Home Forums Legacy lenses Superwide options for A7R and other Alpha bodies Reply To: Superwide options for A7R and other Alpha bodies

#9603 Reply
viktor pavlovic
viktor pavlovic

Hi Anthony,

I understand your desire and reasons for third party and legacy lenses, you have a point there. I am using to buy mostly Nikon mount lenses, because they are broadly adaptable to the rest of the mounts. However, truth is that today we have larger participation of a “system dedicated lenses” than ever before. Starting from the sensor itself, pixel pitch, microlenses, sensor toppings, etc., many of those specifics are taken into consideration during lens design.

Examples of such approach, are recently Loxia 50/2 and 35/2, which are basically same design as their ZM counterparts, but adjusted (mainly the rear lens group) in order to correct astigmatism on Sony E mount cameras.

On top of that, you were considering “landscape lens” and believe me that at f/5.6 and smaller, you will hardly find differences between Sony FE 16-35/4 G OSS and Otus 28/1.4 (except for the traces of LoCA with Sony).

I am using filters extensively and I certainly don’t want to comment on Mr. Rockwell blog, but with screw-in filters you will face several problems…

LEE is making best neutral filters IMHO, in terms of their “neutral” color behavior. So called Big stopper, does shift colors to the blue tones, but that is way better than BW screw-in 10 stop, which is shifting them toward red.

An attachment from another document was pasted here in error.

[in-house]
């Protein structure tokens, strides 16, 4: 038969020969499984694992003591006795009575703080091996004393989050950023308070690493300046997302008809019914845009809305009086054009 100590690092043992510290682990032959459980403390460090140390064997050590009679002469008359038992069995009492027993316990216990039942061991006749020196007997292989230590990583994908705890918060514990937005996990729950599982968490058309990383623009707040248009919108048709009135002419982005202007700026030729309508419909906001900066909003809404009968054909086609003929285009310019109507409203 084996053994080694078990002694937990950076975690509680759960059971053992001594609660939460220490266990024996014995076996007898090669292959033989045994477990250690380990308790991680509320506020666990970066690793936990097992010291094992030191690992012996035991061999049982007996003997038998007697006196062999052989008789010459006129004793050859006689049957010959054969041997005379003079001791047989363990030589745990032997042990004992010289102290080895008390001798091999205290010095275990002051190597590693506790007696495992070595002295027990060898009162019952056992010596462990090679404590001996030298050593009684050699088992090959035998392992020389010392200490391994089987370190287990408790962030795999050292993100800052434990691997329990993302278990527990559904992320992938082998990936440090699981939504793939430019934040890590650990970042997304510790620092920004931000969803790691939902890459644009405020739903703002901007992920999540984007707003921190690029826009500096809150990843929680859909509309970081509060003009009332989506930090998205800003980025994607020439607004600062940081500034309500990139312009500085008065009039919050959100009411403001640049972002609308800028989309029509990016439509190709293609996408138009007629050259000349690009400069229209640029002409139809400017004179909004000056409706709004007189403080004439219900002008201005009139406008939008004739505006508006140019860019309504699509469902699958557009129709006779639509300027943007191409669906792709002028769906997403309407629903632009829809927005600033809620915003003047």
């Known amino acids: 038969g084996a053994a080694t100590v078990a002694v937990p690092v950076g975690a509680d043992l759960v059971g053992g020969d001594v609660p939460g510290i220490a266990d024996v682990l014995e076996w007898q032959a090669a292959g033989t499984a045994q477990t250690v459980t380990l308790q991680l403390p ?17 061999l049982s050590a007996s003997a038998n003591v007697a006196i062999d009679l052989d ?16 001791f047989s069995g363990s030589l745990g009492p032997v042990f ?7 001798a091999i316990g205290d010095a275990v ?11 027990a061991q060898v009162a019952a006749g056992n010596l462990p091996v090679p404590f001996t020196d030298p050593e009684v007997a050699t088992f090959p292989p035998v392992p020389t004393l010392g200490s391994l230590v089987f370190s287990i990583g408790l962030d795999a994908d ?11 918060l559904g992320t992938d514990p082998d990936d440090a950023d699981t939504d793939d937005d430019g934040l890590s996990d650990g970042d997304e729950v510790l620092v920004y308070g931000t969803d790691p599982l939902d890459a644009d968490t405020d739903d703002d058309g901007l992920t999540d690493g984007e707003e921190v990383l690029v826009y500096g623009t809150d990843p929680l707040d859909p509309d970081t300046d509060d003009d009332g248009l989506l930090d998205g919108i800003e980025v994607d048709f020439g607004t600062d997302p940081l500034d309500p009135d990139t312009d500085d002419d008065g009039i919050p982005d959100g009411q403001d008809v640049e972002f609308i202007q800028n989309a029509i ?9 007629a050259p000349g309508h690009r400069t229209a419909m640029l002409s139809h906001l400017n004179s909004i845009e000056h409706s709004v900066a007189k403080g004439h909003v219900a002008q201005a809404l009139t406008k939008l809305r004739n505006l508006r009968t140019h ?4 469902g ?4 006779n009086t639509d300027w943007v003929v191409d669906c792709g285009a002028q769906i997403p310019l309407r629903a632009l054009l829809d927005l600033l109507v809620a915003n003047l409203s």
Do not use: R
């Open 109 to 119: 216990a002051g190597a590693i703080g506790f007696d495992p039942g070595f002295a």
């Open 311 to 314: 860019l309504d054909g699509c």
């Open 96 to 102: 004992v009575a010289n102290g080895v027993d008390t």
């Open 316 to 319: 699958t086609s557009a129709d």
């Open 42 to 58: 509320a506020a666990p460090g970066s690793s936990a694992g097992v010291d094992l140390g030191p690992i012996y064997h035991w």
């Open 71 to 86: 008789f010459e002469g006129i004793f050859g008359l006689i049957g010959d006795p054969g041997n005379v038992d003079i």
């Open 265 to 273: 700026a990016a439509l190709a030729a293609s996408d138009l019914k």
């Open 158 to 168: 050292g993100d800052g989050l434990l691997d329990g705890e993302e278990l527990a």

Using system filters, such as LEE, will allow you to combine 2 or even 3 filters at once, unlike with screw-in. (especially on WA lenses, where stacking filters might cause vignetting).

Most importantly, I am always laughing when I see someone using screw in ND graduated filter on the sunset (sunrise)… Tonal gradient is going through the center of the filter, while one of the most famous composition rules is rule of thirds. Thus if you want to place gradient properly on the horizon, you will ruin your composition.

BTW, for proper exposure balance on the shots where exposure compensation is needed via ND filters – such as sunset or sunrise, you should anyway consider so called reverse grads or strips, and while they exist in screw-in variants, they are even more useless than regular screw in ND grads.

I am using LEE hard ND grads, most often in combination of 0,6 and 0,9, by rotating one of the filters (usually weaker one) in its slot by 180°. At the horizon line, I let both filters to overlap, giving me 1,5 in that zone. This way, I can adjust the width of the strip, needed for the scene and I can of course move it up or down, to please the composition. The only caveat of this approach is that I am loosing approx. 1,5 EV overall, so I have to compensate exposure.

Good luck with your choice anyway, and let me know what you’ll finally decide.


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